Skip To Main Content

Select a School

Madison Metropolitan School District

History of Capital High

Capital High History Header Collage Image


  • The brand-new Capital High School location opens for the 2023-24 school year at 3802 Regent Street.


  • Victor Chuwudebe becomes the new Capital High Principal.
  • Capital High refocuses on our Eastside, Westside and Parenting sites 


  • Quinn Craugh becomes our new school Principal.
  • SAPAR is folded into Capital High as Capital High Parenting.
  • During COVID-19, Capital High offers additional methods to connect with students through Virtual and Night School programming.


  • Voters approve a referendum for Capital High to get a home at Hoyt School!
  • Founding Principal Karyn Stocks Glover retires.


  • Capital High celebrates our first graduating class!


  • Capital High is born as a 9-12 two site school to foster individualized student pathways and students who are career, college and community ready!


  • Principal Karyn Stocks Glover takes the lead for moving Innovative and Alternative Education forward.
  • IAE School Based Leadership Team (SBLT) earns MMSD recognition by receiving the 15-16 Excellence with Equity Award.
  • Extensive work is done to review the needs of students how our school should best respond.


  • The MMSD Director of Alternative Education retires. Night School, Horizon School and HSED programming are folded into Innovative and Alternative Education.


  • OFS Pathways and Seed To Table culinary arts program are added. Innovative and Alternative Education now has over ten different sites.


  • Affiliated Alternatives becomes “Innovative Education” and then “Innovative and Alternative Education”. In addition to the core programs, the Phoenix expulsion abayence program, ROAD and credit recovery programs (such as TLC) are added to our portfolio of student options.


  • Shabazz Principal Sally Schultz becomes principal of both Shabazz and Affiliated Alternatives. The arrangement only lasts one year with Assistant Principal Aric Soderbloom becoming the Principal of Shabazz.


  • Due to financial concerns the lease for 15 S Brearly Street is not renewed. SAPAR moves to Marquette, AERO and WLC Brearly move to Lapham and WLC Park moves to the Doyle Administration building.


  • Affiliated Alternatives is selected as an Accelerated Schools PLUS National Demonstration Site for 2005-2007 based upon our implementation of the Accelerated Schools model.


  • ALA transitions to AERO to support retained eighth graders and first year ninth graders. The smaller thirty student program is designed to provide individual ninth grade curriculum.
  • Also in 2003 we move from Work and Learning Center to the more grammatical Work and Learn Center!


  • Recognizing that not all our programs share the same building we start using the term Affiliated Alternatives to describe our programs, indicating greater unity and engagement between our specific school programs.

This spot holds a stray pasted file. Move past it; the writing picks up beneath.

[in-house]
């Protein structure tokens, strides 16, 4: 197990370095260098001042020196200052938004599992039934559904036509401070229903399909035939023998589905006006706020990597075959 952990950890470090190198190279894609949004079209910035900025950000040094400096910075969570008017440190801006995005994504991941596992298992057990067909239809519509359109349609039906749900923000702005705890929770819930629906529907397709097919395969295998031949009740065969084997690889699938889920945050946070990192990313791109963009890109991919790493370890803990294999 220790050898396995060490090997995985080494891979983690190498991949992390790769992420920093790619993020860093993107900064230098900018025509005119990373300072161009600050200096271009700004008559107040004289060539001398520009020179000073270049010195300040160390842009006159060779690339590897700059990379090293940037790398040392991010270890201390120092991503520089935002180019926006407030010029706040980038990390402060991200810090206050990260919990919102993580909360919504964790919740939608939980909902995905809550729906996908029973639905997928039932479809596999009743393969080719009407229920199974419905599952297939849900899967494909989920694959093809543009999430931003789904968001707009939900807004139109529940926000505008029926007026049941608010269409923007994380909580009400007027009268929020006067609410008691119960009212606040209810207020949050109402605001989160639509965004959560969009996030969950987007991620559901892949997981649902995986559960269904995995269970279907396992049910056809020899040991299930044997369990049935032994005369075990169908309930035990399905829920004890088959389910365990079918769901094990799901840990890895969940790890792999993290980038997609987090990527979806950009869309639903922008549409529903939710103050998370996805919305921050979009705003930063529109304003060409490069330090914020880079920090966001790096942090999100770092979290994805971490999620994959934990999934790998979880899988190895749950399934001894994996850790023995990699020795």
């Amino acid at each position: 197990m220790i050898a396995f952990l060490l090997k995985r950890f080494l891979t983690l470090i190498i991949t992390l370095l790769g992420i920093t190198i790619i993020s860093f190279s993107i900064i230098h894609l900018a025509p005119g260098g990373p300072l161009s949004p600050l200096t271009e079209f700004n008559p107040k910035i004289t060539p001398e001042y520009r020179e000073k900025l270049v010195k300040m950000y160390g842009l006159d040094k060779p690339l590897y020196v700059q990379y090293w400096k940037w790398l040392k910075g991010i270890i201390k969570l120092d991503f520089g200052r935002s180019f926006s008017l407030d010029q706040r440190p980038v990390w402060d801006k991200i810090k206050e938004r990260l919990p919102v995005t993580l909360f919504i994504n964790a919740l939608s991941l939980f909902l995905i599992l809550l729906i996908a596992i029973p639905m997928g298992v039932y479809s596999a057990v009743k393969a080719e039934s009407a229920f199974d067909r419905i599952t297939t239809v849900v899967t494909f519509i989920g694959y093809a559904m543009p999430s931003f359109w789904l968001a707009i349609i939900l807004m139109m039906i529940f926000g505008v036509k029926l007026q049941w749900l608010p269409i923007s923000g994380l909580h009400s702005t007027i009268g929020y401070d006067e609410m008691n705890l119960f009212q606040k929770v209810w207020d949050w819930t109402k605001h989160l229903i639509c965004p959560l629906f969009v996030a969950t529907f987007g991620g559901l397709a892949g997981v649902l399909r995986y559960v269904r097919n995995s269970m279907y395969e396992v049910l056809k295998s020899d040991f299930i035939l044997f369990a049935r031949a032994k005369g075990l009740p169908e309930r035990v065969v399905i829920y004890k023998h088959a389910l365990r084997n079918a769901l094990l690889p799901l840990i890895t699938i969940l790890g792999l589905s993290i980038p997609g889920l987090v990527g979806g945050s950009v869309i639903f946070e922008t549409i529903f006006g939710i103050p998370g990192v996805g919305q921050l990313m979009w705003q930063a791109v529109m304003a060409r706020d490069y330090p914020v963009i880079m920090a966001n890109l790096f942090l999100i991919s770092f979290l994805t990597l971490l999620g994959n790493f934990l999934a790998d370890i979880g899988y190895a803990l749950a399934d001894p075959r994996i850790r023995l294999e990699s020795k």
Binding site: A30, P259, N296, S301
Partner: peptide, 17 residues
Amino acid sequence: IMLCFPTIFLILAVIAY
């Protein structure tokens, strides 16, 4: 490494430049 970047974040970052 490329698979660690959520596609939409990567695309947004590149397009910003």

• ALA, Cluster, SAPAR and WLC find a new home at 15 S Brearly Street. Collectively they become known as “Brearly Street Alternatives” and flourish with their first designed for alternative building with a lunchroom, library and day care center.


  • The Fire Department closes the Longfellow School building. ALA, Cluster, SAPAR and WLC disperse for a year as plans are made for a new site.


  • A second WLC site opens on West Washington Avenue. A few years later the site moves to 1810 S Park Street and becomes WLC Park.


  • The Accelerated Learning Academy (ALA) is begun for students in grades 8-10. It too is housed at Longefellow School. With four teachers and a counselor it serves sixty students until it closes in 2002.


  • Both SAM and Work and Learning Center (WLC) move into Longfellow School. This will be the first time that two programs are co-housed together but they share few resources.


  • School-Within-A-School (SWS) is founded at East and Memorial. The SWS model is similar to the MMSD current credit recovery model but with full day instructional programming. 


  • SAM moves to Lapham Elementary School and Work and Learning Center moves to Allis School.


  • Work and Learning Center graduates it’s first class - of eight students!


  • Cal Stone and Penny Fitzgerald start planning for a program called RSVP. When it begins in 1977 at Lowell Elementary School it is called the Work and Learning Center.


  • Emily Harris starts SAM in the basement of the former Downtown Arts & Activity Center. SAM stands for School Age Mothers, the precursor to SAPAR. SAM starts with just five students.
  • City School opens at Longfellow School with a revolving leadership model and student engagement determining policy, discipline and food served. Cal Stone was one of the original founders. Later it merged with Shabazz to become “Malcolm Shabazz City School”.